Pot 101: Weed in the workplace and what needs to evolve
Alcohol-use policies will likely apply to marijuana but gauging impairment is tricky
With recreational marijuana set to be the law of the land in just weeks, employers will have to develop human resource policies that recognize this significant shift, an HR professional says.
"They need to review their HR policies to prepare for this new challenge," Daniel Boucher told The Homestretch on Tuesday.
Boucher is the regulatory affairs and research director at Chartered Professionals in Human Resources of Alberta. He says there are three broad categories that will need to be updated.
"Fitness for duty, impairment and alcohol and drug policies," he said.
"It's really important employers have their HR professionals go through their policies with marijuana being illegal to see what changes need to be made for when it becomes legal and recreational."
- Pot 101: Cooking with cannabis
- Pot 101: Alberta communities look to cash in big on legal weed
- Mount Royal University to teach the business side of marijuana
How to detect impairment is one of the hurdles, Boucher said.
"There isn't a test right now that can determine if someone is impaired because of the presence of marijuana, so employers will have to develop testing around fitness for duty, looking for other signs to determine if someone is impaired. The science has just not caught up yet with respect to testing."
Boucher says employers will likely apply alcohol-based policies to marijuana, in terms of impairment, but that regulations can evolve over time.
"All regulations and legislation, when it's introduced and passed, it's not perfect the first time," he said.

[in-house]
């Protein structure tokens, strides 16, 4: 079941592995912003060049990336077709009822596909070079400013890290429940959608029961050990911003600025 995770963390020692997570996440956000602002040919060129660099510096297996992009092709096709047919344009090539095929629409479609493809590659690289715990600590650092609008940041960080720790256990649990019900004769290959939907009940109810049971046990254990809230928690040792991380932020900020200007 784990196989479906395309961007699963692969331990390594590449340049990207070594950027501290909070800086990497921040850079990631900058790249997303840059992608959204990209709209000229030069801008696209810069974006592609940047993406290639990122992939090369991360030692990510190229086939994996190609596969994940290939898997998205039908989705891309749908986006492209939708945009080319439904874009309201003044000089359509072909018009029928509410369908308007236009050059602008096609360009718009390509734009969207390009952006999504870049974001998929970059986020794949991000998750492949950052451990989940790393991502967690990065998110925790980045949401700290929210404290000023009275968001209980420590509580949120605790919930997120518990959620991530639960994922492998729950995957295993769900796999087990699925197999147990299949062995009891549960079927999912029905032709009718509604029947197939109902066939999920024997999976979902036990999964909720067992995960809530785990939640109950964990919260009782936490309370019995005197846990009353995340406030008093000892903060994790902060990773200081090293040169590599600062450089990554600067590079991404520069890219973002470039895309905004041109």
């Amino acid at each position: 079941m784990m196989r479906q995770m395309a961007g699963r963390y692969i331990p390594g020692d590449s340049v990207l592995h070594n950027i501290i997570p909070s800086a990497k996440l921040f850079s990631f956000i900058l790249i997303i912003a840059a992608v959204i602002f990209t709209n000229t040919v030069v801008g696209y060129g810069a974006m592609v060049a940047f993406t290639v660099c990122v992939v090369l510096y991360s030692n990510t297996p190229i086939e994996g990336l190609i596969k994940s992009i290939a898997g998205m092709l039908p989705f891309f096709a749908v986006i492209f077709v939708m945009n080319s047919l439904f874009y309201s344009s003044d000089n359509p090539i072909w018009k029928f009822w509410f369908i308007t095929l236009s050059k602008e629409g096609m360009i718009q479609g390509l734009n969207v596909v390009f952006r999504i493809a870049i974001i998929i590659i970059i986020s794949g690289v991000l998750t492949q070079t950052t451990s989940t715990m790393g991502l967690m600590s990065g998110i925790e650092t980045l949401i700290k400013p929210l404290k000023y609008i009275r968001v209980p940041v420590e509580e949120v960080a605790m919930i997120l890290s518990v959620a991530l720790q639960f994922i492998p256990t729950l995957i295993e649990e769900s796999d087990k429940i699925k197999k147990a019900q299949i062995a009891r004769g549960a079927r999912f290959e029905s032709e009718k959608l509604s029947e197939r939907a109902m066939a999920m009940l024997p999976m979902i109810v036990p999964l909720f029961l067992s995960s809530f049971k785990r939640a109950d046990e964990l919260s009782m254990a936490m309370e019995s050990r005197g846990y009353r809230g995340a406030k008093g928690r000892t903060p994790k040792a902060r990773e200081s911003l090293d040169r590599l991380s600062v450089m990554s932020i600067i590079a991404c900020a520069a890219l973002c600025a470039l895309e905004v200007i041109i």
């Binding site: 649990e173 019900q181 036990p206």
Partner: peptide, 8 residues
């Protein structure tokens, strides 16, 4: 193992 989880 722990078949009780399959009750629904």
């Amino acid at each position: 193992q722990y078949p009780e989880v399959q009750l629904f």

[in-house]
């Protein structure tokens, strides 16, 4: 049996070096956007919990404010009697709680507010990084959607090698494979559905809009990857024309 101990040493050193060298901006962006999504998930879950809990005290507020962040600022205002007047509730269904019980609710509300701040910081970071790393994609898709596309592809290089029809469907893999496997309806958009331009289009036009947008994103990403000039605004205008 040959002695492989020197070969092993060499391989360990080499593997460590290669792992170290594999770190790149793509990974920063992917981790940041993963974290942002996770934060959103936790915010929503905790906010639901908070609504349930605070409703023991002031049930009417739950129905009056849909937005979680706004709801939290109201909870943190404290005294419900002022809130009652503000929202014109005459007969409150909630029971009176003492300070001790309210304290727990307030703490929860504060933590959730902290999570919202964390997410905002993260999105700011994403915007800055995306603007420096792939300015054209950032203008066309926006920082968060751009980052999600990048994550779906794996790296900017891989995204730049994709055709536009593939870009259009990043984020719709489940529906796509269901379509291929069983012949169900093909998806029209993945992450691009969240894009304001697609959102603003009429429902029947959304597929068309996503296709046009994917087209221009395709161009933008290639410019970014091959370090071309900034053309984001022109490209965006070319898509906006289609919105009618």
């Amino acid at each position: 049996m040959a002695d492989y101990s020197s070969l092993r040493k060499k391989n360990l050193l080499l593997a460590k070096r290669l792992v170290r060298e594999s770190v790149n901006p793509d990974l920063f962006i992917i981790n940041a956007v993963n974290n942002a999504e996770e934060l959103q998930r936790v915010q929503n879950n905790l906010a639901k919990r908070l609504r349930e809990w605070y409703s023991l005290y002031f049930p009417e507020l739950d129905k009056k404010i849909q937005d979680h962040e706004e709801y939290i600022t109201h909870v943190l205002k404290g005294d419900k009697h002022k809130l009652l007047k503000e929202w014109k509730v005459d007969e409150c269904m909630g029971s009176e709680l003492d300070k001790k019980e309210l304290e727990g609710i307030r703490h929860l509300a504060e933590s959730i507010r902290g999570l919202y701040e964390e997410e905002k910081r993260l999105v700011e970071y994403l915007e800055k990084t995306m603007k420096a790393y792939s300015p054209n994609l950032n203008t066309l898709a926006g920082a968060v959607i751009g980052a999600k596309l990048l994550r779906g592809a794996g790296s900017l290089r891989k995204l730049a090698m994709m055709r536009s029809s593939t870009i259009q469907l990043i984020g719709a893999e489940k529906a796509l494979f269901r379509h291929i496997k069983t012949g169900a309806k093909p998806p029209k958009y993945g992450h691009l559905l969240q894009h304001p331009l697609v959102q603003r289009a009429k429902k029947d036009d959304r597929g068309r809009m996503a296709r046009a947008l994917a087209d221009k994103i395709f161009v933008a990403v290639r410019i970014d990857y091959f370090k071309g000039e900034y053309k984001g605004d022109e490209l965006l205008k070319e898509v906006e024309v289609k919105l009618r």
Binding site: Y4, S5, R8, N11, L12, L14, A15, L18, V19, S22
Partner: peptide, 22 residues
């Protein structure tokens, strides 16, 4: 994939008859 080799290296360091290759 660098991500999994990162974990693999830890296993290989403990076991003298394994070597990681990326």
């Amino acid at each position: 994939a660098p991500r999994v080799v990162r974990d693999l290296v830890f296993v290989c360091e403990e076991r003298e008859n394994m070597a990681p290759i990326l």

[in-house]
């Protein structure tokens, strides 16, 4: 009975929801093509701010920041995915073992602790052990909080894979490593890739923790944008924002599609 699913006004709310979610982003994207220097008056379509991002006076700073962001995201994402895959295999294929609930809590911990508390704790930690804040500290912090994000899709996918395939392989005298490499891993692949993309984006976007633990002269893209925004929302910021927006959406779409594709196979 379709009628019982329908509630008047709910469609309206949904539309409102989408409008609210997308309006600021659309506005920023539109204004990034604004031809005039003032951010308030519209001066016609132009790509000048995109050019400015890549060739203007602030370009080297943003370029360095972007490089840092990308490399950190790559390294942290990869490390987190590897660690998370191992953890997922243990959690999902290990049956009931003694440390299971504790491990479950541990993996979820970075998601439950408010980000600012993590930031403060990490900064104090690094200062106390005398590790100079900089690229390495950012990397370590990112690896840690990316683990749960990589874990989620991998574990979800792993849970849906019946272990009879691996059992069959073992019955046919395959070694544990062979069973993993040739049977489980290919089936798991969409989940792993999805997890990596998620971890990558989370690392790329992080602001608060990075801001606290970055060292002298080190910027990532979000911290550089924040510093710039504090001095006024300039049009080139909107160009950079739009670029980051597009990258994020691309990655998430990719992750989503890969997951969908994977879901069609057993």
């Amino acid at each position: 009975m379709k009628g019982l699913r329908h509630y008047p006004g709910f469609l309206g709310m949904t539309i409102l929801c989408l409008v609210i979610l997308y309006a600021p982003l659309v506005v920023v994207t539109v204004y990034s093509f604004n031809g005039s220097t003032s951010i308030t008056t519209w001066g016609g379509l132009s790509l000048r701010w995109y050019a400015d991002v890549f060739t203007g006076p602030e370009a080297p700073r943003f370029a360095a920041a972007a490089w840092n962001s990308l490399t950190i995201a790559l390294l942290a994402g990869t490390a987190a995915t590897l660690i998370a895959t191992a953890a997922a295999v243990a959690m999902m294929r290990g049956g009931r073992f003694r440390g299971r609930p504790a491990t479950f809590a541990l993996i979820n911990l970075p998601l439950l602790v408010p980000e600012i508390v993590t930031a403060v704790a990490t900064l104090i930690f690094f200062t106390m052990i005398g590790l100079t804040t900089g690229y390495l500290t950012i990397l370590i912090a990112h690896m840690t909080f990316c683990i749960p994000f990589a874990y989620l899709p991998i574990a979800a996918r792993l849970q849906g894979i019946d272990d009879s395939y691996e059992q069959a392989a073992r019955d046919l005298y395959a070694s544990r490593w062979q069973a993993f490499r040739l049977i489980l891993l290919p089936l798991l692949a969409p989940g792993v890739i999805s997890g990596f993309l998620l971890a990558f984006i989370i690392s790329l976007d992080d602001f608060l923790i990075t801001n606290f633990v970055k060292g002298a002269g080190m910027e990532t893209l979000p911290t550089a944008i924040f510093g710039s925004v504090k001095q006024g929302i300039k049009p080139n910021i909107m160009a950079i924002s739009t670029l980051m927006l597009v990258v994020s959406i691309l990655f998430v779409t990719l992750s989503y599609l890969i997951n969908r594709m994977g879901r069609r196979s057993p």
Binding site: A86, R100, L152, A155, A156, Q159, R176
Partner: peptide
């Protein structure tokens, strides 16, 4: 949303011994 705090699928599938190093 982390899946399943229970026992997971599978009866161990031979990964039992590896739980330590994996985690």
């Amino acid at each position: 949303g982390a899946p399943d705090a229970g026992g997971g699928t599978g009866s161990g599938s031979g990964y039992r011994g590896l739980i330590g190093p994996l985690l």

"As cases go through the courts, employers are going to need to adapt their policies," Boucher said. "Governments may need to go back and look at their regulations and make sure they have struck the right balance around protecting workers, human rights, privacy and accommodation and the duty of an employer to keep people safe."
Job descriptions and disciplinary policies related to the safety side of marijuana-use should also be looked at.
"Some individuals may be in a safety-sensitive role because they are the decision makers. They get the call if an incident occurs, so they need to be fit for duty, fit to go on site. It's important for employers to tie job descriptions to the requirements of the job. Is this a bona fide occupational requirement for this person not to be using cannabis in any form at any time because of safety issues?" Boucher said.
"It's important that discipline is consistent and timely and that it's clear, the link to the policy and the action the employee took and why discipline is needed."
- MORE ALBERTA NEWS | If WestJet pilots go on strike, here's what you need to know
- MORE ALBERTA NEWS | B.C. sues Alberta over turn-off-the-taps legislation
With files from The Homestretch and CBC's Ellis Choe